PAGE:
[August 29, 1960] One shoe down (October 1960 Galaxy, 1st half)

There is an old saw: “Just when I got my mule to work without being fed, she up and died on me!”

At the end of 1958, Galaxy editor H. Gold announced that his magazine was going to a bi-monthly publication schedule.  He did not mention that he was also slashing writer pay rates in half.

Last issue, Gold crowed about his stable of fresh new authors who would carry the torch of science fiction creation.  And, of course, there is plenty of room for the new authors now that the old names have departed for greener pastures.

Is this how a great magazine dies?  Not with a bang, but with a whimper?  You may disagree with me, but the October 1960 issue of Galaxy feels like a throwback.  A lesser mag from the mid ’50s.  Let me show you the first half of the issue, and you’ll see what I mean.

Allen Kim Lang opens things up with his novella, World in a Bottle.  The premise is an interesting one: take a group of people with no resistance to diseases (such people exist today).  Put them together in a sort of commune.  What are the sociological and practical implications?  What kind of life can they expect to have?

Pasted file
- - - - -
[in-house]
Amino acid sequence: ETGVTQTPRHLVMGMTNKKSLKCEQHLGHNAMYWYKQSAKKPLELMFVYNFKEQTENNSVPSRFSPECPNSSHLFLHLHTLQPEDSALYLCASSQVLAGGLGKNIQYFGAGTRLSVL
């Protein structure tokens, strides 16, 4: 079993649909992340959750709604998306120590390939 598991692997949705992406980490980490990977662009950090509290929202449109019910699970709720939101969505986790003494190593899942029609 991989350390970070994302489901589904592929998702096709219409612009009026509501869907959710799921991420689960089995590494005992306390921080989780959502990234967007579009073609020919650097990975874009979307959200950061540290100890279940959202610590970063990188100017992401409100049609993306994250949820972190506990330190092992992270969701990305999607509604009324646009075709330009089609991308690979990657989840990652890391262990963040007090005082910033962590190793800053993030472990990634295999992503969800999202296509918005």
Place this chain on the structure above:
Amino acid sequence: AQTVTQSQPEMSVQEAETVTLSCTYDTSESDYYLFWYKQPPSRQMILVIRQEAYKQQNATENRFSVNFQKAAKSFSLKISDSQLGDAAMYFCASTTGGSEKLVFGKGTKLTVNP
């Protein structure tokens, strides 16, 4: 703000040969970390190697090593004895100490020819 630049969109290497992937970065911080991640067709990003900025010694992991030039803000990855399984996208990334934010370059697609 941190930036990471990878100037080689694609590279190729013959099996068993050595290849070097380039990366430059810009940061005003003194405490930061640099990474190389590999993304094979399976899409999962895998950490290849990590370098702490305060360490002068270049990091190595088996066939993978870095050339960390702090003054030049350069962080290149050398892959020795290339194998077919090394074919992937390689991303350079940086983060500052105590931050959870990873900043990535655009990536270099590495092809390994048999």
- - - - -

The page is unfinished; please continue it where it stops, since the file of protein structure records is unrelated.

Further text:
Some of the story rings true, particularly the feeling of imprisonment and the lack of attraction for one’s fellow commune residents.  This isn’t science fiction–this is what’s happening right now on the kibbutzim in Israel.  What kills the story, for me, is the breezy style and the overly neat finish at the end.  It’s a pity–Lang has been good enough to get printed in F&SF.  I’m sure he could turn out better.

The Hills of Home, by Alfred Coppel, originally came out in Future Science Fiction back in 1956.  It reads like an inferior version of Sturgeon’s sublime The Man who lost the Sea, but I guess Coppel’s came first, so perhaps Sturgeon’s is a polish-up.  In any event, it’s a clunky piece, but not horrible.  It does show that Galaxy is now resorting to reprints to fill its pages.  That’s probably not a good sign. 

Marshall King is, as far as I can tell, a complete newcomer to science fiction.  His Beach Scene, about a cute little alien who can stop time, is rather engaging.  The creature’s encounter with a band of rapacious human colonizers is bittersweet.  Mostly bitter.